Furthermore, Brussels has decided to provide sector-specific support to, among others, agriculture, fisheries and airlines. With regard to the latter, to keep essential transport flowing, the Commission has suspended a requirement that airlines operate a certain amount of flights to keep their airport slots and is encouraging member states to support air cargo operations during the crisis. Beyond the Commission, the European Central Bank’s Governing Council has added a Pandemic Emergency Purchase Programme worth €750 billion to the previously announced €120 billion plan.
More measures on the table
Head of the Commission Von der Leyen has already announced that her institution will put its upcoming budget “at the heart of (our) efforts” to fight the coronavirus and proposed a corona-virus driven stimulus package as part of that budget.
In addition, members of the euro area, informally referred to as the “Eurogroup” are discussing more measures. The first would be a €100 billion reinsurance program for national unemployment schemes. The European funds should become available once member states offer at least €25 billion worth of guarantees. The second measure would be to earmark loans worth €240 billion from the European Stability Mechanism, a €400 billion bailout fund, for countries most affected by the virus. Whereas loans from this fund are usually conditional upon recipient countries implementing structural reforms, several countries seems to be inclined to lighten those conditions. German Federal Minister of Finance opened the door to a softening of his position, declaring: “The funds must not come with any unnecessary conditions attached”. Finally, the European Investment Bank needs member states to contribute an extra €25 billion to set up an extra €200 billion in loans to European companies. The Eurogroup has so far been unable to agree on these measures but will meet again on Thursday 9 April.
Commissioners Breton and Gentiloni called for a 4th pillar of support through a purpose-built European fund that could issue long-term bonds, informally referred to as “coronabonds”. However, some member states remain opposed to the creation of a common debt instrument. As an alternative, France is pushing the idea of a temporary EU fund to help Europe through the economic slump caused by the virus. In addition to all these intiatives, head of the Commission Von der Leyen, Spain’s PM, and the Eurogroup’s president have all called for a new Marshall Plan.
What comes next?
What will it take to reboot the economy? The French Minister for Public Action has already signaled that a new finance bill could be the right vehicle to finance an “exit from the crisis”. However, the European Internal Market Commissioner assesses that Europe’s post-coronavirus recovery would cost €1.6 trillion, an amount that far exceeds both the European Stability Mechanism bailout fund and the ECB’s generous envelope. Last but not least, the intensity with which the health crisis is already hitting the United States, the EU’s largest trading partner, suggests that the bloc may have to further ramp up its effort to find a road back to economic and financial stability.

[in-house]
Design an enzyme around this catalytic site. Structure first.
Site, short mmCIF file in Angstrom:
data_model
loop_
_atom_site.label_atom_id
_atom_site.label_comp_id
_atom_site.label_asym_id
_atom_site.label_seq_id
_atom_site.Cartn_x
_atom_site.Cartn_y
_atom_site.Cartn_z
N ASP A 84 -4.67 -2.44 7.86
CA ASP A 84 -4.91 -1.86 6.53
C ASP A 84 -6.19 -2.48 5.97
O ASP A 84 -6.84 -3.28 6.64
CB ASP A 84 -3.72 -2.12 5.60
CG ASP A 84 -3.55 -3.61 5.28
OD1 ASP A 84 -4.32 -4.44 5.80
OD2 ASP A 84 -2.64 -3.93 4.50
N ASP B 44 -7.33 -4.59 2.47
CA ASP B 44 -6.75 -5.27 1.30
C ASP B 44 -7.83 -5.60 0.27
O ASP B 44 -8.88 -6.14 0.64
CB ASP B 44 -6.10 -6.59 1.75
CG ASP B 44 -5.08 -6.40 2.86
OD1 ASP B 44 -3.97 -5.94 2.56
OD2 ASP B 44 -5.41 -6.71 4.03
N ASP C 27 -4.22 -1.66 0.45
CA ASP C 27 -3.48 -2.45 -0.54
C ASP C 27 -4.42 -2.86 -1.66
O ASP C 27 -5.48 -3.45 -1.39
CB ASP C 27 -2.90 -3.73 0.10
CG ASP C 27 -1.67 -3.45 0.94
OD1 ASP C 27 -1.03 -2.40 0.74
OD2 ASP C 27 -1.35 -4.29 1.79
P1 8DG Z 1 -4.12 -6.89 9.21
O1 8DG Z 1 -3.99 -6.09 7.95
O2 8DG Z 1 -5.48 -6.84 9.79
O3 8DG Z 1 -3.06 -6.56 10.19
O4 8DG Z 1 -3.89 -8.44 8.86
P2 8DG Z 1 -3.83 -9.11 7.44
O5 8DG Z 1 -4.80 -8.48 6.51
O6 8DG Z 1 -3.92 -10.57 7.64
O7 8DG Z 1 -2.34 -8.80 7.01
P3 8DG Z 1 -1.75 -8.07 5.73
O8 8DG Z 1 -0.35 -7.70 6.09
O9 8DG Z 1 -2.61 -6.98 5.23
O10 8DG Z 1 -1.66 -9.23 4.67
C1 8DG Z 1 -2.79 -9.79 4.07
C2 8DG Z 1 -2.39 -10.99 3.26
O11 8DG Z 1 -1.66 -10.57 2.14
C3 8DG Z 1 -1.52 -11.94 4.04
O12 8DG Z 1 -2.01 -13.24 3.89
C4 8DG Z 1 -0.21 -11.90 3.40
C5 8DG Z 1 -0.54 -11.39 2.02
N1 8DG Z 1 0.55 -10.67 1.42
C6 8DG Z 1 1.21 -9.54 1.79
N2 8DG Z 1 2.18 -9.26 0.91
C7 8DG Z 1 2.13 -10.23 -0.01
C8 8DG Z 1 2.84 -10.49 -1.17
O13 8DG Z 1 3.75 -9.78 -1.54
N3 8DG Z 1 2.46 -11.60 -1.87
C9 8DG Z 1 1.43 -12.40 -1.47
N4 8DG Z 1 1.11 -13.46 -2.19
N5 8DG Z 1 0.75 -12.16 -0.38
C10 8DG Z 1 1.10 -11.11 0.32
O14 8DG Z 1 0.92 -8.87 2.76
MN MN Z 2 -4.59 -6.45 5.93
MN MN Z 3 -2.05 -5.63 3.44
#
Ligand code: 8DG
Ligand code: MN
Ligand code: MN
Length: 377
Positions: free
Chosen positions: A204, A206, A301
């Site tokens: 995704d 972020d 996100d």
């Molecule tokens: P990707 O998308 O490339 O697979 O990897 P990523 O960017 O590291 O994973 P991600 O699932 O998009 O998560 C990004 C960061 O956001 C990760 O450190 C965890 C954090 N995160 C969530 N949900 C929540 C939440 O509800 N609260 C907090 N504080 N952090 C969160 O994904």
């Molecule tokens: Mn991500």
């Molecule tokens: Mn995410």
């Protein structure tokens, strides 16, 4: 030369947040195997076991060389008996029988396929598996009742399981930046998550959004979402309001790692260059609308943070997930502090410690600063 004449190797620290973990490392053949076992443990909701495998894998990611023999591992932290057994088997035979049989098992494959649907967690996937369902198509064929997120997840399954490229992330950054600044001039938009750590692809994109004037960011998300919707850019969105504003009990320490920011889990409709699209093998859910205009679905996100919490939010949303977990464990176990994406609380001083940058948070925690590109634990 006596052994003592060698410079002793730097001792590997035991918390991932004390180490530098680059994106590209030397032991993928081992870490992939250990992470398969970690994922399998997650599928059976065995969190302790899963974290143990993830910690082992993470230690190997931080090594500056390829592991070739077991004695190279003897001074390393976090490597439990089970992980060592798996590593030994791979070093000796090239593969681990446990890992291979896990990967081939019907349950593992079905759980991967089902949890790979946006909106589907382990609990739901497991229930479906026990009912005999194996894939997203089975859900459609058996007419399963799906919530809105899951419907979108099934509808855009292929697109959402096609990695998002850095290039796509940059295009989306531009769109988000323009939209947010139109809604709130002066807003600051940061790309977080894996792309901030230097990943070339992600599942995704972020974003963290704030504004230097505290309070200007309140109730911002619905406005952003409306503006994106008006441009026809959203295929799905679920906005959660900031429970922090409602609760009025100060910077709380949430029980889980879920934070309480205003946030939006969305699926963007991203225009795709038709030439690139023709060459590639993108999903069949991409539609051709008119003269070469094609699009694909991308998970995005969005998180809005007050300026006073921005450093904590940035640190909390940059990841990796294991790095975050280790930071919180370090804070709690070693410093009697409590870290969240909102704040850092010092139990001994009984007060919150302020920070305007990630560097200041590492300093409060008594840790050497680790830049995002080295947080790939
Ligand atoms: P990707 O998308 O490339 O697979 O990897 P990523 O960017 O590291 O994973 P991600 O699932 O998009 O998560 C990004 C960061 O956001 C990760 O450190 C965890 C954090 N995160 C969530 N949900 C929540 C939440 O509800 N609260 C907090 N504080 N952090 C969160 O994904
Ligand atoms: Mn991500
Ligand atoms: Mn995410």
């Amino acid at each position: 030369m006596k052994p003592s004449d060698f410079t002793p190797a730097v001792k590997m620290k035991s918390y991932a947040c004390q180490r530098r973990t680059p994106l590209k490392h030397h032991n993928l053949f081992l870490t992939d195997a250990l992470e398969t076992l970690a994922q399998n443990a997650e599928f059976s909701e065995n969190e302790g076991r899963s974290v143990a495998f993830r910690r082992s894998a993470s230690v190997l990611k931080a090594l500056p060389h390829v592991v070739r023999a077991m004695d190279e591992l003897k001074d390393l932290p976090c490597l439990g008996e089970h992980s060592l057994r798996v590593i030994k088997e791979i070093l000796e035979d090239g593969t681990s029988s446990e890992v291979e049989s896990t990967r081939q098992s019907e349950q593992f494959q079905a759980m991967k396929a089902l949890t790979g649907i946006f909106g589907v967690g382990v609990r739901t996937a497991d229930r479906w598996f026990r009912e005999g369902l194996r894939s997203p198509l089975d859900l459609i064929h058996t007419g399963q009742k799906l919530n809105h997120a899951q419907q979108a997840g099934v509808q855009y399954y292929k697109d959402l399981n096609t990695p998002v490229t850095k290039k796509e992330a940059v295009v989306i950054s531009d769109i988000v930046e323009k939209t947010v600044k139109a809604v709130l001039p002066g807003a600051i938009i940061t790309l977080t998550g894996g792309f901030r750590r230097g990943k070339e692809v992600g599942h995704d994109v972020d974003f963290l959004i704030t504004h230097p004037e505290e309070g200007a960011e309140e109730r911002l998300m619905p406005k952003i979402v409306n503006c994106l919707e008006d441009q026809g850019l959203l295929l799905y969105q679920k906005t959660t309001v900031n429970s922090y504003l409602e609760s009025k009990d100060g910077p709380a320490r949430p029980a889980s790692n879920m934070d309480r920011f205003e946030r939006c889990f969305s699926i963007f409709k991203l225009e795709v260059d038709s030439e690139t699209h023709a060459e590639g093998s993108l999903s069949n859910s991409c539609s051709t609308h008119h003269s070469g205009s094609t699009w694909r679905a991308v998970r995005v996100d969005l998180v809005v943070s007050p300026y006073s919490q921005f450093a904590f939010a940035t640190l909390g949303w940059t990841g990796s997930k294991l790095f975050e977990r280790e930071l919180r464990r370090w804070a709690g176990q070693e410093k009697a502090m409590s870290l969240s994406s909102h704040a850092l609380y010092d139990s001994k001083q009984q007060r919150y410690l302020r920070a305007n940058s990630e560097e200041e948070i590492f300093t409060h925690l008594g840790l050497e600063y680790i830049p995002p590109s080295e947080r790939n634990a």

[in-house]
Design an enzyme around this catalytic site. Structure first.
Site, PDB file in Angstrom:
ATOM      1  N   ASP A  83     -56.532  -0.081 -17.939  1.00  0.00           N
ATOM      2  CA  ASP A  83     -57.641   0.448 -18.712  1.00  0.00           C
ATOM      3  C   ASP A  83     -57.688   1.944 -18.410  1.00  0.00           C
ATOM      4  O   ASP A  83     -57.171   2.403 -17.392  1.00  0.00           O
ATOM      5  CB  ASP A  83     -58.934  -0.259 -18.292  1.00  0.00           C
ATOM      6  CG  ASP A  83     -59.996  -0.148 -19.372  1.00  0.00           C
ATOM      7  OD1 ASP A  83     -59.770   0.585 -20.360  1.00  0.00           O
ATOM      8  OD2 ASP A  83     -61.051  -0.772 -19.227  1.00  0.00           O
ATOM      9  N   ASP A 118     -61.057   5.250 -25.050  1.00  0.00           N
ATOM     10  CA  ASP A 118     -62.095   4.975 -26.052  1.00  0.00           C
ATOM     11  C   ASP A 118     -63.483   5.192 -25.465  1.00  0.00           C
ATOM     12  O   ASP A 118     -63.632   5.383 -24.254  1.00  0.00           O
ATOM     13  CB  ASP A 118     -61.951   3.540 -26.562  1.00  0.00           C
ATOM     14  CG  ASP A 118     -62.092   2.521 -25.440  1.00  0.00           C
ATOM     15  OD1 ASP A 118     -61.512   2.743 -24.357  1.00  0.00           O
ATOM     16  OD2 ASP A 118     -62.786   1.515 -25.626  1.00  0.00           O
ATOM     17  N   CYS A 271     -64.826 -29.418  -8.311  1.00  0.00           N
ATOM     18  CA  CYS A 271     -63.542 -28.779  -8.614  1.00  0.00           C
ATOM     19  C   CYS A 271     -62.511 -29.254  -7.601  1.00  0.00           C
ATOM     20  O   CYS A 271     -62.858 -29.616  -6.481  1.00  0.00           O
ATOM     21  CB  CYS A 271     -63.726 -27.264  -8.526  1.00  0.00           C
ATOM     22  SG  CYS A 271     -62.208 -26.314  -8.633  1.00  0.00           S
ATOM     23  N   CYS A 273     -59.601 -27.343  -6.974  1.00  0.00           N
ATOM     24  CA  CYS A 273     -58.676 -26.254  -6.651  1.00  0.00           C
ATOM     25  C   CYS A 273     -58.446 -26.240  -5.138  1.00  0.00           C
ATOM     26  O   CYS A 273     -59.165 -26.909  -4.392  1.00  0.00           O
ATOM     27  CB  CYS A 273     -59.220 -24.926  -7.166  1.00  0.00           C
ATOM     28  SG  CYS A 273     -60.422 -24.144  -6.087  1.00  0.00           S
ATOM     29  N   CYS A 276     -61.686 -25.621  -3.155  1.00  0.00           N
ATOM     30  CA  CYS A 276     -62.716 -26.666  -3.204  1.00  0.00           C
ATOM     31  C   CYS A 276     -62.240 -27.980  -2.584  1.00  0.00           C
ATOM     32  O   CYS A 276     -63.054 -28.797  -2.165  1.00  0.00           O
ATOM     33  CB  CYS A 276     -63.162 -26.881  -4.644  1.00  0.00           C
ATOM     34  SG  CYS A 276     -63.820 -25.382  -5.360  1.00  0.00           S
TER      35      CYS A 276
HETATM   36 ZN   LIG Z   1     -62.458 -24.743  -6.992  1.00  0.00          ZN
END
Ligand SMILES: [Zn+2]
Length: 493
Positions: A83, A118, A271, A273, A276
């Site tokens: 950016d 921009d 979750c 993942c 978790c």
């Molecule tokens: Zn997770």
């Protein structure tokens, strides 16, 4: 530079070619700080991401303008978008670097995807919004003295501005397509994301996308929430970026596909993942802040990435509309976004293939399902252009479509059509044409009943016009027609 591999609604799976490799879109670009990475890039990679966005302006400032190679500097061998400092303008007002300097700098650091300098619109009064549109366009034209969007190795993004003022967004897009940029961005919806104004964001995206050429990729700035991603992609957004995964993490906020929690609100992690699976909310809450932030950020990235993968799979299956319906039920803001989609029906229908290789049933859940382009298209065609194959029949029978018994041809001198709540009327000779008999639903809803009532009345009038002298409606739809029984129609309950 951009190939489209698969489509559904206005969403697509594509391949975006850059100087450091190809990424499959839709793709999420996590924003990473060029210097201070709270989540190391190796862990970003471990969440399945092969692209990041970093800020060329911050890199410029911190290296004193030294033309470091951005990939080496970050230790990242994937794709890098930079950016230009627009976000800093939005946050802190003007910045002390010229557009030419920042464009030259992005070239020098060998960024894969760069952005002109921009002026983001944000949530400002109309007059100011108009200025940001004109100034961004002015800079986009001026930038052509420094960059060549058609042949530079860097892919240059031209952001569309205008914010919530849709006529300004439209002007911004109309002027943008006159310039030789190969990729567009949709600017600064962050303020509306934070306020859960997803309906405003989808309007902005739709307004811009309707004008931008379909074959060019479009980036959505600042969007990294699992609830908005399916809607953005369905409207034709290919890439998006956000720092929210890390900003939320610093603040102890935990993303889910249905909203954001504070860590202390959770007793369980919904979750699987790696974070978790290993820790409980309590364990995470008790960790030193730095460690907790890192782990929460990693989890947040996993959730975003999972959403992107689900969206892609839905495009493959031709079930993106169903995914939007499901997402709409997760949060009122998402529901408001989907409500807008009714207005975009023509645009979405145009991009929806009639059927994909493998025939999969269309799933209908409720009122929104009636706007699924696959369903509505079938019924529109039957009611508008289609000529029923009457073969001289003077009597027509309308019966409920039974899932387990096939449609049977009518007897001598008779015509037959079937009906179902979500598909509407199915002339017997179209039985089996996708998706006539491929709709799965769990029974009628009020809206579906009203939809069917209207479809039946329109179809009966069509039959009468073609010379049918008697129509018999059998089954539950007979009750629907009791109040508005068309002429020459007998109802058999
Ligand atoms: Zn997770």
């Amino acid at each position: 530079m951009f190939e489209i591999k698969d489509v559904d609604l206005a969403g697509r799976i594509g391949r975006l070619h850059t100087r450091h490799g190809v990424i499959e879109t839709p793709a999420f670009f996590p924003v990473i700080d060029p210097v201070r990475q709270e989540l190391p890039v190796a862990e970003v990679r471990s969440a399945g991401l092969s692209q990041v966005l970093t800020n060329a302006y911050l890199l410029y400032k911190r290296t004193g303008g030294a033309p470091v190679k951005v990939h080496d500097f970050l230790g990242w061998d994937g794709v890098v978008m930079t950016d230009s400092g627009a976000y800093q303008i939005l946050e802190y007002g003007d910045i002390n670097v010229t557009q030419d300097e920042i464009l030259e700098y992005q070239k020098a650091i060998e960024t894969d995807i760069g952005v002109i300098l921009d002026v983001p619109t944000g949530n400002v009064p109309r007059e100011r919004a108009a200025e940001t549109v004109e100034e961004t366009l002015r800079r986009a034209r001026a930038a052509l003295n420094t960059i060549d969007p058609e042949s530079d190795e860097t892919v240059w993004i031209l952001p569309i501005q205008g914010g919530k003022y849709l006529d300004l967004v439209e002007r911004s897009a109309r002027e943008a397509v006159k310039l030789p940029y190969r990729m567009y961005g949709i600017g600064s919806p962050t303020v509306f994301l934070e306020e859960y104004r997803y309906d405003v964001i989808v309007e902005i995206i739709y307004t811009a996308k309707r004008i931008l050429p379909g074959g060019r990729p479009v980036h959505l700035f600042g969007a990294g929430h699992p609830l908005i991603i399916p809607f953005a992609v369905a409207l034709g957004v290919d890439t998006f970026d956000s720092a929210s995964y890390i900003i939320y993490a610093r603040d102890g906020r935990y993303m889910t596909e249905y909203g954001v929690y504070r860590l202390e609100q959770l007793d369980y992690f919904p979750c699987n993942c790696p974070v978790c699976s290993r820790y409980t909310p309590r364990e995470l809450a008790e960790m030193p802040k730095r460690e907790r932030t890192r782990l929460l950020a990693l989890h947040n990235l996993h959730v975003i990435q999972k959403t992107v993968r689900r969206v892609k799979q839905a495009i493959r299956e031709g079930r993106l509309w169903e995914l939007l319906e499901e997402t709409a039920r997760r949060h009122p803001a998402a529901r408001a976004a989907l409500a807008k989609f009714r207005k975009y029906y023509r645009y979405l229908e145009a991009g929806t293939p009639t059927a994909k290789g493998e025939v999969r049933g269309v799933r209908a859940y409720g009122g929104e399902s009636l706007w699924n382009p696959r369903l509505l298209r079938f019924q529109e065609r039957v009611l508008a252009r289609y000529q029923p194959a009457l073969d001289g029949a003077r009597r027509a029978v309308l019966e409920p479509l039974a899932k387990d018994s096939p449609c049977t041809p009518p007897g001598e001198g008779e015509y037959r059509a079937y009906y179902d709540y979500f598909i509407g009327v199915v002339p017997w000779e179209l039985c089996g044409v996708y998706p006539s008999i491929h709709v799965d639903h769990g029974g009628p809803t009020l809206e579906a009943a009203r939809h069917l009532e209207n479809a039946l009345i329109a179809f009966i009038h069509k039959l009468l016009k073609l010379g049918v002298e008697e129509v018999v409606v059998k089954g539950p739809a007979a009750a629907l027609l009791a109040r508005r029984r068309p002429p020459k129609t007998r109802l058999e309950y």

UPDATED: April 10, 2020
- France. On March 9, 2020, the Minister of Economy and Finance and the Minister of Action and Public accounts have announced an increase of the stimulus package which will amount to €100 billion instead of the initial €45 billion. It will be composed of €35 billion of budgetary measures, among which €20 billion for part-time employment, €7 billion for health expenditure (of which €4 billion for the purchase of health equipment). With regard to the future recovery plan, they mentioned specific plans for tourism, aeronautics or the automotive industry given the massive impact of the crisis on their activity.
- European Union. The Eurogroup meeting of April 9, 2020 has made the situation evolve with regard to the crisis management plan and a potential recovery plan. The Finance Ministers of European Union have reached a compromise to trigger the three above mentioned instruments to help member states face the COVID-19 crisis: a European Stability Mechanism credit line (up to €240 billion), a pan-European guarantee fund hosted by the European Investment Bank (€200 billion), and the SURE instrument to support national unemployment schemes (€100 billion). The ESM instrument will be accessible to each state, up to 2% of its GDP. The Eurogroup also “agreed to work on a Recovery Fund to prepare and support the recovery”. Such a fund would be “temporary, targeted and commensurate with the extraordinary costs of the current crisis”. The outlines of such a fund are still to be discussed by government leaders during the next European Council meeting on April 23.